Basically what it boils down to is deciding your electrical load needs versus maintenance versus cost, etc. Dollar for dollar wet acid golf cart batteries are still the way to go for the vast majority of us. The closer you get to boondocking full time the more sense AGMs start to make. If you are just looking for a back up power source when shore power is not available, but plan to spend most of your time in campgrounds then the wet cells probably make the most sense.

I'm sure some others will pipe in with some advice, but in the meantime I would recommend reading Phred's Poop Sheets
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Old 05-10-2007, 03:28 PM   #3
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A product of any discharging, be it intended or unintended, of a battery is that suphation will form on the plates. This is no big deal when you recharge the batteries right away because it is converted back into lead. If they are constantly resting at 90% charge that suphation will turn rock hard and that area of the plate in a cell will essentially become "dead." Eventually you will then be working with 90% of the original 90% and so on. You will lose capacity, but it will take time.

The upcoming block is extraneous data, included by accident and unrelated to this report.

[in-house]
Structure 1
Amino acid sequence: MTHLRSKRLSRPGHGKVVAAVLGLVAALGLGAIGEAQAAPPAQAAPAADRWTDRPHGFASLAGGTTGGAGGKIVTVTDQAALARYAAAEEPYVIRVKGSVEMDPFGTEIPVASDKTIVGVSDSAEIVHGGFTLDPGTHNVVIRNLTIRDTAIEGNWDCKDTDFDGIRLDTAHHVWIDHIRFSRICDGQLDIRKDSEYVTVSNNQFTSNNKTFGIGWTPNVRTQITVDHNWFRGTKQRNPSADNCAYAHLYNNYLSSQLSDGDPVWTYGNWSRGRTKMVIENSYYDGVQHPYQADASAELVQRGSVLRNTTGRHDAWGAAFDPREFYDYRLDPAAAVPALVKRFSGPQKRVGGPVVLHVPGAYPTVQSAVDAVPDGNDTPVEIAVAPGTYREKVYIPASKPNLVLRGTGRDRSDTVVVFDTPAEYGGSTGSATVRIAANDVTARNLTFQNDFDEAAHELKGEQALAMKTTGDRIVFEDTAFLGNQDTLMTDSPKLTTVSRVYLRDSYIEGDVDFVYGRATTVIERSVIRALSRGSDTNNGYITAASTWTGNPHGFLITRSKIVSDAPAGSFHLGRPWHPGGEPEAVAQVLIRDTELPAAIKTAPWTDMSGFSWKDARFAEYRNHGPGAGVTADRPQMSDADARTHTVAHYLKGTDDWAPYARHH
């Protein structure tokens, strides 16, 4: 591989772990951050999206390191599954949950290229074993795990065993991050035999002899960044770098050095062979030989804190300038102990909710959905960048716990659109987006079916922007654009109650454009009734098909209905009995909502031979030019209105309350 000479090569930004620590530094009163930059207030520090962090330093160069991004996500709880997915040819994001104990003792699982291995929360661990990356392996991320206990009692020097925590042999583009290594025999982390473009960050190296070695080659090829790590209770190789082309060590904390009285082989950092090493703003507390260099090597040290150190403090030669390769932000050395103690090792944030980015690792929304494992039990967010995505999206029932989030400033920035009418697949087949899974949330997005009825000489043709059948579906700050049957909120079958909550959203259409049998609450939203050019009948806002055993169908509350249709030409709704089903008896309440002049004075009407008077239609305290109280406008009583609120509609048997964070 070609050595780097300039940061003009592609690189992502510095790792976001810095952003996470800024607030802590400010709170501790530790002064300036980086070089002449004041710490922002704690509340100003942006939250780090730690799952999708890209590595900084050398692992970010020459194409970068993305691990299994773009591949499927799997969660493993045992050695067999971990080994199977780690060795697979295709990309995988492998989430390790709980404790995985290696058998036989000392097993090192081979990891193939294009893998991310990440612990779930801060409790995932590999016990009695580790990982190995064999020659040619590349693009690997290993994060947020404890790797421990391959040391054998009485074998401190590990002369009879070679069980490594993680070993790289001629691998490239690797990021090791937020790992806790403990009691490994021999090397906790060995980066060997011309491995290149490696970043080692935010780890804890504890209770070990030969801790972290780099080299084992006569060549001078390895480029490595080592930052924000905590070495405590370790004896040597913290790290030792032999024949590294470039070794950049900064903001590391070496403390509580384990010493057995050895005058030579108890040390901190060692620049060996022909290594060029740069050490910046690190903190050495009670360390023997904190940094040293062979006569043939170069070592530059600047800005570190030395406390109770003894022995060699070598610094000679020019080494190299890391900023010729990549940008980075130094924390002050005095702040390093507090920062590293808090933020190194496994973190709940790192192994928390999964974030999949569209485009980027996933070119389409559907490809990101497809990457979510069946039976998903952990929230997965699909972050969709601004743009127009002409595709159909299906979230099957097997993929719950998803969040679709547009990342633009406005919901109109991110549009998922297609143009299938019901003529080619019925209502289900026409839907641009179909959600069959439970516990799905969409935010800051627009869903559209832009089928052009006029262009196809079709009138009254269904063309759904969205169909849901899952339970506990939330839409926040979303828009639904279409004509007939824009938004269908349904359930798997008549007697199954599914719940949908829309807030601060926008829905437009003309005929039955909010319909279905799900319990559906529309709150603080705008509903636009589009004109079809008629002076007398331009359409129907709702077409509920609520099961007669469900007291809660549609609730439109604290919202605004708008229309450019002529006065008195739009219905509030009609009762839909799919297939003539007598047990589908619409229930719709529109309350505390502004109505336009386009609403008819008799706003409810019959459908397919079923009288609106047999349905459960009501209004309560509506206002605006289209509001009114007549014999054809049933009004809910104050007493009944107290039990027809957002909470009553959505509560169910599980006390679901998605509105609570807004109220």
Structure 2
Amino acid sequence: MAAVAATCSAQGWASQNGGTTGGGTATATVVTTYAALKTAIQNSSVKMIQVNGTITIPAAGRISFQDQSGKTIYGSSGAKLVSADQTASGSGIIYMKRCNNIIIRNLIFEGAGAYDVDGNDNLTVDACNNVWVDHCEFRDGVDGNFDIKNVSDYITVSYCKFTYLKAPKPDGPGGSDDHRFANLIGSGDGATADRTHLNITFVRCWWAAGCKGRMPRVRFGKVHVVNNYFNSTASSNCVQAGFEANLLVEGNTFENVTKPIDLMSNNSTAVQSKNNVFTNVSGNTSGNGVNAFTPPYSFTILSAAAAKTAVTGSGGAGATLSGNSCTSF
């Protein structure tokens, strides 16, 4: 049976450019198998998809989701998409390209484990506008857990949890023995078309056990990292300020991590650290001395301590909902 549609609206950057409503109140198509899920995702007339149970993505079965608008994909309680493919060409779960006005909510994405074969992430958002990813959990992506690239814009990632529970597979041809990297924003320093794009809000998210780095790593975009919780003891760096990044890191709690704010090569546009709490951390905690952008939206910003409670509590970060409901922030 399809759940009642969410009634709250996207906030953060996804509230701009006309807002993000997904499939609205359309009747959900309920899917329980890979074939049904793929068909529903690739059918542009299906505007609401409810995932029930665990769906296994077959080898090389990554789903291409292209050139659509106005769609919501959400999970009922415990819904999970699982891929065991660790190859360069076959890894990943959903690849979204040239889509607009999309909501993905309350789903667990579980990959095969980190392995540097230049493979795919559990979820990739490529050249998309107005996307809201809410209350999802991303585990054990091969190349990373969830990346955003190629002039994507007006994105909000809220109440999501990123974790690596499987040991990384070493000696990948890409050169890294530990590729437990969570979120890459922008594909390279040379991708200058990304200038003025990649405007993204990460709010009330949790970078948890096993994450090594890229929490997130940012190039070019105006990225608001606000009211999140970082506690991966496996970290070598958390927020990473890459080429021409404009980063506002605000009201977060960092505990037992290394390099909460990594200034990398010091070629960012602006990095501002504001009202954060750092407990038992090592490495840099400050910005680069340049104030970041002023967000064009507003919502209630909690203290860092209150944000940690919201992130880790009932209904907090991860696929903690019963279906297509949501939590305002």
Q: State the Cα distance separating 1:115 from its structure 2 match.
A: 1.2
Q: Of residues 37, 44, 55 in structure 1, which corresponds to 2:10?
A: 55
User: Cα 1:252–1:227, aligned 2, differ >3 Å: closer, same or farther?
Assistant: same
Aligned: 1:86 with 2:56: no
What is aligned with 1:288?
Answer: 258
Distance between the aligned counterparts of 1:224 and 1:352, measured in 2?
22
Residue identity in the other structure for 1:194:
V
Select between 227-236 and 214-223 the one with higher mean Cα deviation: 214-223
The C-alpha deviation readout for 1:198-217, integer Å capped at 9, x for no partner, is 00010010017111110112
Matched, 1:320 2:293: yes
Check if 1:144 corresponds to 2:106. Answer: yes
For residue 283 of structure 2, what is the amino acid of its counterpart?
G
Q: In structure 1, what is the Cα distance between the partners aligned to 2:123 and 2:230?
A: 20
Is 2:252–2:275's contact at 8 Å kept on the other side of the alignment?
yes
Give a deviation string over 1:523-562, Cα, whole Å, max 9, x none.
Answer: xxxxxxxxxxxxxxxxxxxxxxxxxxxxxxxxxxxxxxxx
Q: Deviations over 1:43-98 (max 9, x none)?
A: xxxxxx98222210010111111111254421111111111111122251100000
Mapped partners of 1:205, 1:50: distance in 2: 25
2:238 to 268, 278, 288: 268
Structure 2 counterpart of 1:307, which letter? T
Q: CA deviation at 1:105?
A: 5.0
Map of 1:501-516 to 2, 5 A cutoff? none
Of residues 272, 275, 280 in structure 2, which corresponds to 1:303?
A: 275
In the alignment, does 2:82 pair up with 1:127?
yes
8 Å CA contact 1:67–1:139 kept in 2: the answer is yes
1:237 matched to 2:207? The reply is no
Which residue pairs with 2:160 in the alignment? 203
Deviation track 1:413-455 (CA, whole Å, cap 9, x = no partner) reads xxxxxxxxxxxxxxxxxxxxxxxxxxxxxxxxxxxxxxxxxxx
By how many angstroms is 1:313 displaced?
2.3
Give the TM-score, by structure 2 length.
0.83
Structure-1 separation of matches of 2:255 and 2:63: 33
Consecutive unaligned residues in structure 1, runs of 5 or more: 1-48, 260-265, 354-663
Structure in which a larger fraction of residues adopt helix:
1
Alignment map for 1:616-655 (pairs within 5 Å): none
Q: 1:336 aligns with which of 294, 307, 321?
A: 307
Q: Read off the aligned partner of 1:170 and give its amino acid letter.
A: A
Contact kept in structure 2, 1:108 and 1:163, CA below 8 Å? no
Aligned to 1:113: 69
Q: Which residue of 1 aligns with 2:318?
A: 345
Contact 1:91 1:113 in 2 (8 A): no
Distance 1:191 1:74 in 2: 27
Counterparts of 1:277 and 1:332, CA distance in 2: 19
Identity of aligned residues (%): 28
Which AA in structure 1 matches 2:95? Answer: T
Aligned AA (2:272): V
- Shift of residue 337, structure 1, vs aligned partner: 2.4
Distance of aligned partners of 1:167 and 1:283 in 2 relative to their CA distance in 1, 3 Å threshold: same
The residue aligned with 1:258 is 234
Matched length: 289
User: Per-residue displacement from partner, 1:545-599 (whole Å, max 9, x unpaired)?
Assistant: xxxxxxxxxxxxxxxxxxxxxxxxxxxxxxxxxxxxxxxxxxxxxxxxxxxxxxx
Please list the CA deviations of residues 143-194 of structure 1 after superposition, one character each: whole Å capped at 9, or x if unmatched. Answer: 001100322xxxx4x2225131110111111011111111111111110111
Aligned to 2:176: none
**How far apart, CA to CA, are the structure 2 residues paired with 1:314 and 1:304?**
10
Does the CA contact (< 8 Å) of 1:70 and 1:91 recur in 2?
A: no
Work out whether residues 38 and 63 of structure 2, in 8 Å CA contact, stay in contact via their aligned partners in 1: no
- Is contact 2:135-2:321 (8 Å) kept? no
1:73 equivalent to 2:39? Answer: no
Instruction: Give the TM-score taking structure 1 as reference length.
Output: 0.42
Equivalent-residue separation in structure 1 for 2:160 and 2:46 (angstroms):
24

The alternator will not overcharge the batteries so long as your regulator is doing its job and you aren't pounding a 200 ah battery bank with some astronomical amount of amps at any given time. The general rule is to aim for about 25%. That means you should aim for about 50 amps max at any given time which should be right in line with what your alternator will ACTUALLY be putting to the batteries, not its rated output. A high dollar adjustable regulator can be piece of mind for you.

The biggest advantage to having a good external charging method of some type is that you will top the batteries all the way off keeping them from getting "lazy" at a voltage or suphating. It will also allow you to occasionally equalize the stratified acid.